Legislative Assembly for the ACT: 2008 Week 4 Hansard (10 April) . . Page.. 1343..
MR SMYTH (continuing):
That so much of the standing orders be suspended as would enable discussion on the matter of public importance to proceed for one hour, notwithstanding the imminent automatic adjournment at 6 p.m.
MR CORBELL (Molonglo—Attorney-General, Minister for Police and Emergency Services) (5.56): Mr Speaker, the government will not be supporting this motion.
That Mr Smyth's motion be agreed to.
The Assembly voted—
Question so resolved in the negative.
At 6.00 pm, in accordance with standing order 34, the motion for the adjournment of the Assembly was put.
MR MULCAHY (Molonglo) (6.01): Mr Speaker, it is not often that I stand up in this place and commend the government for one of its decisions. But, as I mentioned in question time, it gives me pleasure to be able to speak today on the topic of public housing and in particular on the government's recent decision to sell the Fraser Court housing complex. It will, of course, be a measured level of commendation, since I believe that there is far more work to be done in this area to solve the many problems that are occurring in ACT public housing properties.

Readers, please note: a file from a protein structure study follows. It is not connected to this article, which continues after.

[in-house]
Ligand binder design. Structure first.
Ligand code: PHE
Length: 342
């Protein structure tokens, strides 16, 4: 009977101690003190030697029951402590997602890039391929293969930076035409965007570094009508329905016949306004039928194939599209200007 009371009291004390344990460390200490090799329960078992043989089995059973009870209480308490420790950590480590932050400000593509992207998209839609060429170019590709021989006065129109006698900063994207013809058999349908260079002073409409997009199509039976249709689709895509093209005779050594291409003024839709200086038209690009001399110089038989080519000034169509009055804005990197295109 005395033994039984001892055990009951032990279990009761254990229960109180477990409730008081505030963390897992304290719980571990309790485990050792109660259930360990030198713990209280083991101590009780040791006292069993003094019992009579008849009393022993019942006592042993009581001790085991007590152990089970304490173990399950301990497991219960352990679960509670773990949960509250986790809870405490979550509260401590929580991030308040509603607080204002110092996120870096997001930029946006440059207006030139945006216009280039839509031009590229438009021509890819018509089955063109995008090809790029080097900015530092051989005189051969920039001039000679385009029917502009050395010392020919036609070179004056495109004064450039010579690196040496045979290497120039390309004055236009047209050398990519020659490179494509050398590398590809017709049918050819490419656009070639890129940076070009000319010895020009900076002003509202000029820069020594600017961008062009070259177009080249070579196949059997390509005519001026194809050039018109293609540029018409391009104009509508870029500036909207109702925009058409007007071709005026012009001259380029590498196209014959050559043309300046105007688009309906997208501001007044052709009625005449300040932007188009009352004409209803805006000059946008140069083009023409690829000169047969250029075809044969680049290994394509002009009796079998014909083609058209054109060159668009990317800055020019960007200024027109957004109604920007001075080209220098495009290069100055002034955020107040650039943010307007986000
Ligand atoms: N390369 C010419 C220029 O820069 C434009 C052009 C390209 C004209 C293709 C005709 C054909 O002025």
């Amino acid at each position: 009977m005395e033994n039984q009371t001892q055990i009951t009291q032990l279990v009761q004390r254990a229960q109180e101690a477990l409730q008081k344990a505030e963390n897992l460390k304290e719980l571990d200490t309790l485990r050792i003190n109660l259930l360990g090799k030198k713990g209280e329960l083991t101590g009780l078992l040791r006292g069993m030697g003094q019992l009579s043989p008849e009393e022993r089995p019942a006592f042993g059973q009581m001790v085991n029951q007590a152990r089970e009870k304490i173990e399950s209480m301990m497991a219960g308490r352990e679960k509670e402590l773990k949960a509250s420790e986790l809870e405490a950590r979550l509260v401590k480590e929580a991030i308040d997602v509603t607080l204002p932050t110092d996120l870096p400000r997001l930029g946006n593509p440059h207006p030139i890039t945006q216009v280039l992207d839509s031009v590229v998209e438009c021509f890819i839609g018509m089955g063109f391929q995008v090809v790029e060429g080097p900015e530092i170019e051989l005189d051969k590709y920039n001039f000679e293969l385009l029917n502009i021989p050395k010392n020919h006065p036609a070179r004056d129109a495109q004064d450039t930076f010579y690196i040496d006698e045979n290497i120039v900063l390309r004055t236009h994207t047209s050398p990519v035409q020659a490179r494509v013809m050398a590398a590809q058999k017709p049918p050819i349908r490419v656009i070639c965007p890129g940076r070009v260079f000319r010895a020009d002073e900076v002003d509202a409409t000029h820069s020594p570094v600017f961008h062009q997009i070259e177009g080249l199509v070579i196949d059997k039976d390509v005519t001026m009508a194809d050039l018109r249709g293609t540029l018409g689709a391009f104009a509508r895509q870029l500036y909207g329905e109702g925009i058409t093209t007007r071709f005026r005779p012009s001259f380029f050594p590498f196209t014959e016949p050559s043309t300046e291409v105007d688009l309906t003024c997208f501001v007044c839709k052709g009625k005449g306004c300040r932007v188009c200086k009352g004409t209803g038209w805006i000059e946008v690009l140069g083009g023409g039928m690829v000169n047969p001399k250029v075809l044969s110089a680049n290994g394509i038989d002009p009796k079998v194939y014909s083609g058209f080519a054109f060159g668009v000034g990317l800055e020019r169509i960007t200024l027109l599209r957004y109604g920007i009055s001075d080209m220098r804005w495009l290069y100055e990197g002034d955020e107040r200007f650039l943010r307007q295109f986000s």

Fraser Court is a dilapidated complex and is certainly in need of a great deal of maintenance. The complex has become an eyesore and is in stark contrast with the surrounding area. Moreover, the complex has become a considerable source of problems for the police and local residents. Like it or not, there have been a number of tenants in the complex who have caused trouble for others and who have added to the level of crime in the area. Of course, it is not comparable to the level of crime that has been witnessed in Stuart Flats, and I will have more to say on that issue in due course.
This reflects a general concern that I hear from many constituents about large public housing complexes in Australia. It is common to hear complaints of crime and unruly behaviour in such complexes. On radio the other day, I was pleased to hear from the minister that the government no longer supports the practice of building large public